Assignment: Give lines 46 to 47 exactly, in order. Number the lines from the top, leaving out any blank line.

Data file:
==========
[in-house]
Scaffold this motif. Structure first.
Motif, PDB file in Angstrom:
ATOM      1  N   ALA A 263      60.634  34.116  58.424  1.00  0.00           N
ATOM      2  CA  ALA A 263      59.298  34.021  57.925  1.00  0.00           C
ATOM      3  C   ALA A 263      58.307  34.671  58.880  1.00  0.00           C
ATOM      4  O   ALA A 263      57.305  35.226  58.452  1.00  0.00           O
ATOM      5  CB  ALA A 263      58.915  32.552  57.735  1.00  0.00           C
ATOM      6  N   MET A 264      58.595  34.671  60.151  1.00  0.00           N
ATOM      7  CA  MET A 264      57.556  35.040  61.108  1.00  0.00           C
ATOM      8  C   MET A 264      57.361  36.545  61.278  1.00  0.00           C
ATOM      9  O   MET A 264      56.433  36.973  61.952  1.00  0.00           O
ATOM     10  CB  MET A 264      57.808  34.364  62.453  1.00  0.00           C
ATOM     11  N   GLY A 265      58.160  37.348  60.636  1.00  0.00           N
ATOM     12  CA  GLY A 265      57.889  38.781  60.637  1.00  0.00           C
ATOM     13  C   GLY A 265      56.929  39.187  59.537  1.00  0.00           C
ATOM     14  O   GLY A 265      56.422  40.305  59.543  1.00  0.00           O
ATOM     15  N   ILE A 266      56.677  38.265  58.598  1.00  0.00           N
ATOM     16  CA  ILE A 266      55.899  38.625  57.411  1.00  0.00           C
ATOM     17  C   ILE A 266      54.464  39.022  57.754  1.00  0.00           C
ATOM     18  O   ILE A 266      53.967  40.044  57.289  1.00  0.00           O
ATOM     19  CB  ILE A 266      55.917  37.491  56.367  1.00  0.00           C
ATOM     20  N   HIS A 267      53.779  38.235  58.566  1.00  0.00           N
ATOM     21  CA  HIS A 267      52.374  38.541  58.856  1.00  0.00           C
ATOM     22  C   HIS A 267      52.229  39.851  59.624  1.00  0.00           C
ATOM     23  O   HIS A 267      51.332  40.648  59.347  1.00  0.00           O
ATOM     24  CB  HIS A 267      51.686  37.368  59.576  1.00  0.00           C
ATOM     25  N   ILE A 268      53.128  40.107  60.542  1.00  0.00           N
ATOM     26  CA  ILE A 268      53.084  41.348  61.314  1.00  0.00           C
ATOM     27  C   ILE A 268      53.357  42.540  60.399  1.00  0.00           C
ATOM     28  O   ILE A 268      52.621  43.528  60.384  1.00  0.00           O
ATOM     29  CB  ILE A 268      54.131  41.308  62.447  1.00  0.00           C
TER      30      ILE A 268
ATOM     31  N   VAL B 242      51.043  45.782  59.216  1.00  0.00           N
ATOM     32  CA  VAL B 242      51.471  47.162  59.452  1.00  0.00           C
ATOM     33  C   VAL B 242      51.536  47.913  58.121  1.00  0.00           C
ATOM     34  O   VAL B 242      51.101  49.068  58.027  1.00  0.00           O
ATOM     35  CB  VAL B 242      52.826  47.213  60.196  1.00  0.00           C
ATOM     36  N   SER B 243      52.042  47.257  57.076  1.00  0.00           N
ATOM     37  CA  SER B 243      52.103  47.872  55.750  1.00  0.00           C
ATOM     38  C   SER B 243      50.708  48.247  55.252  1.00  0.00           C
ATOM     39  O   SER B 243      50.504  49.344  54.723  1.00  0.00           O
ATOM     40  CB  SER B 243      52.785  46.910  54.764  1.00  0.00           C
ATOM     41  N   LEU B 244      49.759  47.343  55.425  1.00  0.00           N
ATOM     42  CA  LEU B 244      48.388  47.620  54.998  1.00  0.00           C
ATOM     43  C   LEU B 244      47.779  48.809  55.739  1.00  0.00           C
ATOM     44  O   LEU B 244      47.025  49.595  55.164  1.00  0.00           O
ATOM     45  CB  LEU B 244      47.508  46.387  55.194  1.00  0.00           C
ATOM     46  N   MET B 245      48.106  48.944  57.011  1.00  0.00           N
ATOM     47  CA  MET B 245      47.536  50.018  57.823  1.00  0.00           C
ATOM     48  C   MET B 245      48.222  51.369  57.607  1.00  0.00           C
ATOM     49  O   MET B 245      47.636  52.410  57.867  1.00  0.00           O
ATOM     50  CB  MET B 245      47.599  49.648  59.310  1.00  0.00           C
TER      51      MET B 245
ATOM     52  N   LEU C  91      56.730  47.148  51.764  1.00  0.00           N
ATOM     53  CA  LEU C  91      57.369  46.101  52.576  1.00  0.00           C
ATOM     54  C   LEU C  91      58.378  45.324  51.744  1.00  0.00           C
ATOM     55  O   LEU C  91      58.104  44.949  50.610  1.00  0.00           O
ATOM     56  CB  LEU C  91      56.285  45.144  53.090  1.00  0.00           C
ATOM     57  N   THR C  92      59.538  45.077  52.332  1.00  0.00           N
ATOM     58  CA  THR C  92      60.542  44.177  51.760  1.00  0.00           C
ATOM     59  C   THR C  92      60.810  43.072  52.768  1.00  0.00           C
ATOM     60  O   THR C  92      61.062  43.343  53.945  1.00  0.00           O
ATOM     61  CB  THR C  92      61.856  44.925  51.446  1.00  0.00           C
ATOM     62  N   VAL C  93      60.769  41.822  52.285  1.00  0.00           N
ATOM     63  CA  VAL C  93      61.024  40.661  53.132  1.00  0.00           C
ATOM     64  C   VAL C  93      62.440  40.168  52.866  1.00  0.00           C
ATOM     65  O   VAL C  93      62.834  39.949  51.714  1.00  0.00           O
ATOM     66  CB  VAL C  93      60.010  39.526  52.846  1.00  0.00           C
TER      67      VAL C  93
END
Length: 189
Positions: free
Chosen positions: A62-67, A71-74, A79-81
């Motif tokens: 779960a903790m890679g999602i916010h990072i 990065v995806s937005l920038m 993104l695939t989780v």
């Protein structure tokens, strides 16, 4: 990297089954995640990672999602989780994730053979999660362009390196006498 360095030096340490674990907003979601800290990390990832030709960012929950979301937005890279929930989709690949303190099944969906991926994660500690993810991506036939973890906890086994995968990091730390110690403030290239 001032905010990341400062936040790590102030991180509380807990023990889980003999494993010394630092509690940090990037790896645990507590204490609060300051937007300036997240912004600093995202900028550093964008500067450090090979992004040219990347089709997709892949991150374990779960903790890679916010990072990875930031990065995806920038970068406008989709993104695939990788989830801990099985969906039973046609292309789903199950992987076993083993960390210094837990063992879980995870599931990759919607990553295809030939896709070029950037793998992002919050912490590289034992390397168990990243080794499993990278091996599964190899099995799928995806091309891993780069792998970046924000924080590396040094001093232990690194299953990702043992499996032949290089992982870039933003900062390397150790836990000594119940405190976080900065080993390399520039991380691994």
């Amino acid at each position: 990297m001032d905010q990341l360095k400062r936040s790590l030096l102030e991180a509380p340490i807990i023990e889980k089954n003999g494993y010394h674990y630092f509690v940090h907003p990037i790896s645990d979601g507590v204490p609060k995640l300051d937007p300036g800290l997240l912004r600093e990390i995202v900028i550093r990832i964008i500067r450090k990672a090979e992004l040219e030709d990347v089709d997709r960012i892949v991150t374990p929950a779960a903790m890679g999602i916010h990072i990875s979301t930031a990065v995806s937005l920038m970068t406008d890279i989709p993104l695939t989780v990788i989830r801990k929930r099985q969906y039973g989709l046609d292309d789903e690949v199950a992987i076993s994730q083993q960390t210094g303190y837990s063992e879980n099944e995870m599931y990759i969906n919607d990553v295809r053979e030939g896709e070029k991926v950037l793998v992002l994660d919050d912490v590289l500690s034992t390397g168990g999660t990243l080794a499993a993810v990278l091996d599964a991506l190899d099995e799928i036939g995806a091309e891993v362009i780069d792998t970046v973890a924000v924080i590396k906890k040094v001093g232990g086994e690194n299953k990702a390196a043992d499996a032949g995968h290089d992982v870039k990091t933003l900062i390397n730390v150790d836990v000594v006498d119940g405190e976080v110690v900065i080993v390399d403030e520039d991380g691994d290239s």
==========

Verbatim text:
ATOM     43  C   LEU B 244      47.779  48.809  55.739  1.00  0.00           C
ATOM     44  O   LEU B 244      47.025  49.595  55.164  1.00  0.00           O